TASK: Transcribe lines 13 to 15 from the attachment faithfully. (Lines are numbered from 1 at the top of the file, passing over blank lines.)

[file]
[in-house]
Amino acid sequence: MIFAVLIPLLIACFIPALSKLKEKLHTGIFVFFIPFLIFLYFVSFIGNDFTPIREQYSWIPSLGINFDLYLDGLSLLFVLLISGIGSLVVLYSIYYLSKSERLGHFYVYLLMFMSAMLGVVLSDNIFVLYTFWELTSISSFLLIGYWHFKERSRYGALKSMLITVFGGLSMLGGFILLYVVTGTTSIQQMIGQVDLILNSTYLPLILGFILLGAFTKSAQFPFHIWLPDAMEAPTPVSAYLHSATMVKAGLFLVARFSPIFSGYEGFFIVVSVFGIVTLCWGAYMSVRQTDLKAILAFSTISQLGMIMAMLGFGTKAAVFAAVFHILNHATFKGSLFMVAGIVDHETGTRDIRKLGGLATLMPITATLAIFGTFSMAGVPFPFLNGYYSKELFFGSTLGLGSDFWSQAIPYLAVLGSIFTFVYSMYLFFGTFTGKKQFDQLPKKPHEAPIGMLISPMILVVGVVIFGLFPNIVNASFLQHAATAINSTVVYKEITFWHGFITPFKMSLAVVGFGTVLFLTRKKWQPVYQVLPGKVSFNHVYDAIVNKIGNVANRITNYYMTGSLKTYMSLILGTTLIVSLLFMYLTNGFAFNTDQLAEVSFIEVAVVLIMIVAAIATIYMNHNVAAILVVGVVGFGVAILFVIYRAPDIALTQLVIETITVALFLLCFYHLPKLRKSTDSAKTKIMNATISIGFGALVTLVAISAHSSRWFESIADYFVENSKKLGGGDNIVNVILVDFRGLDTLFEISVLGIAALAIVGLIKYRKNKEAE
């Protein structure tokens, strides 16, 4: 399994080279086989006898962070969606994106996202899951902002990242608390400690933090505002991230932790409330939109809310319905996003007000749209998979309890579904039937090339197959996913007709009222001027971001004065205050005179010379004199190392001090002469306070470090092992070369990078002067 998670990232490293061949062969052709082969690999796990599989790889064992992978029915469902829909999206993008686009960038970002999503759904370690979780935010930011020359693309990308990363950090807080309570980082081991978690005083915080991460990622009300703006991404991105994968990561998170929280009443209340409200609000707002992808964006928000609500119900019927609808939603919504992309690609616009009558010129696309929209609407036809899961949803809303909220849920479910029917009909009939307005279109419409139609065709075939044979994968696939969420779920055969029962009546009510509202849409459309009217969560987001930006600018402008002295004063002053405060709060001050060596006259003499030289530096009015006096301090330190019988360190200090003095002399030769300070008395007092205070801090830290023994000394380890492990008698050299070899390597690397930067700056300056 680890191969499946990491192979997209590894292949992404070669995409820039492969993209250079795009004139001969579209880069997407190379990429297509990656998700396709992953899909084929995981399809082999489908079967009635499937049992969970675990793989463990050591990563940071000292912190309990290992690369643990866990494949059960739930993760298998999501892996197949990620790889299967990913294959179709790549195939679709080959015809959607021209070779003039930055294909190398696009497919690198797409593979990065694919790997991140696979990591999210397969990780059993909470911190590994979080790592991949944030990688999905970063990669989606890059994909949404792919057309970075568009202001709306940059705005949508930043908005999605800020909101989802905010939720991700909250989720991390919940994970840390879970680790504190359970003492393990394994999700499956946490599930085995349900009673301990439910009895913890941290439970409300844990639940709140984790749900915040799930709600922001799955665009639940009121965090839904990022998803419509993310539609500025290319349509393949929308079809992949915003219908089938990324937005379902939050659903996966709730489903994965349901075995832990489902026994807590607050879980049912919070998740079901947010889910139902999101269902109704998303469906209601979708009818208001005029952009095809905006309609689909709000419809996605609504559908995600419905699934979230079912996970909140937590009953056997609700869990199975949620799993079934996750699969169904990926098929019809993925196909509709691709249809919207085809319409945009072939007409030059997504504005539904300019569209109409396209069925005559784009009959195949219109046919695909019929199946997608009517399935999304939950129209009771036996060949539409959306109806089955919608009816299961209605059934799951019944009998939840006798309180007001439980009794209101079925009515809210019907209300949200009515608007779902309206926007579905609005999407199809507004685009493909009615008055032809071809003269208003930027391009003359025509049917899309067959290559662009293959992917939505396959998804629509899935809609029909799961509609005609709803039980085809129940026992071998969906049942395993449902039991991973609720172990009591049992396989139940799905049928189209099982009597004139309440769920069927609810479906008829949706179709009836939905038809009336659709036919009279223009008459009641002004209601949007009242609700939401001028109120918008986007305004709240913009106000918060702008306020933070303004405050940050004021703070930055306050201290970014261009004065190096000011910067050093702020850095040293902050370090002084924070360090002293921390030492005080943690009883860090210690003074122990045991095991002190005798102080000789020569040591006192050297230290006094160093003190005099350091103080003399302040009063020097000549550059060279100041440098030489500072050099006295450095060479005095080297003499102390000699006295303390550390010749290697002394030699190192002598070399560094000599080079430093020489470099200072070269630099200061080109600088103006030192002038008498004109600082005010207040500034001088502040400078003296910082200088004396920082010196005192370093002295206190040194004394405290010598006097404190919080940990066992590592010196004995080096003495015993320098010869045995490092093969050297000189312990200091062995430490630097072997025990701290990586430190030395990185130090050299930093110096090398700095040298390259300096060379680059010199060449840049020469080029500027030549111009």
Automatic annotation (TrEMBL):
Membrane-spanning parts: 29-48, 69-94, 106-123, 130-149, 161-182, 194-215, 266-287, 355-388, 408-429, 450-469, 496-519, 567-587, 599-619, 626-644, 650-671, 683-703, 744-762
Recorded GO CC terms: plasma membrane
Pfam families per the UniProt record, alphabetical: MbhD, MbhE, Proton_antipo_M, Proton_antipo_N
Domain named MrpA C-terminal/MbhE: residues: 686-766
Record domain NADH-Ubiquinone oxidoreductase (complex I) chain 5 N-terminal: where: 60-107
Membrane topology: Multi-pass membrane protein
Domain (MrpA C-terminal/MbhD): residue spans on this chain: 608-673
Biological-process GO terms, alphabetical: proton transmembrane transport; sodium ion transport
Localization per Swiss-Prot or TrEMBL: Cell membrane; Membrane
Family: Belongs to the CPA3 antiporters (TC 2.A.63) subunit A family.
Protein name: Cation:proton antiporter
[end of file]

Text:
Localization per Swiss-Prot or TrEMBL: Cell membrane; Membrane
Family: Belongs to the CPA3 antiporters (TC 2.A.63) subunit A family.
Protein name: Cation:proton antiporter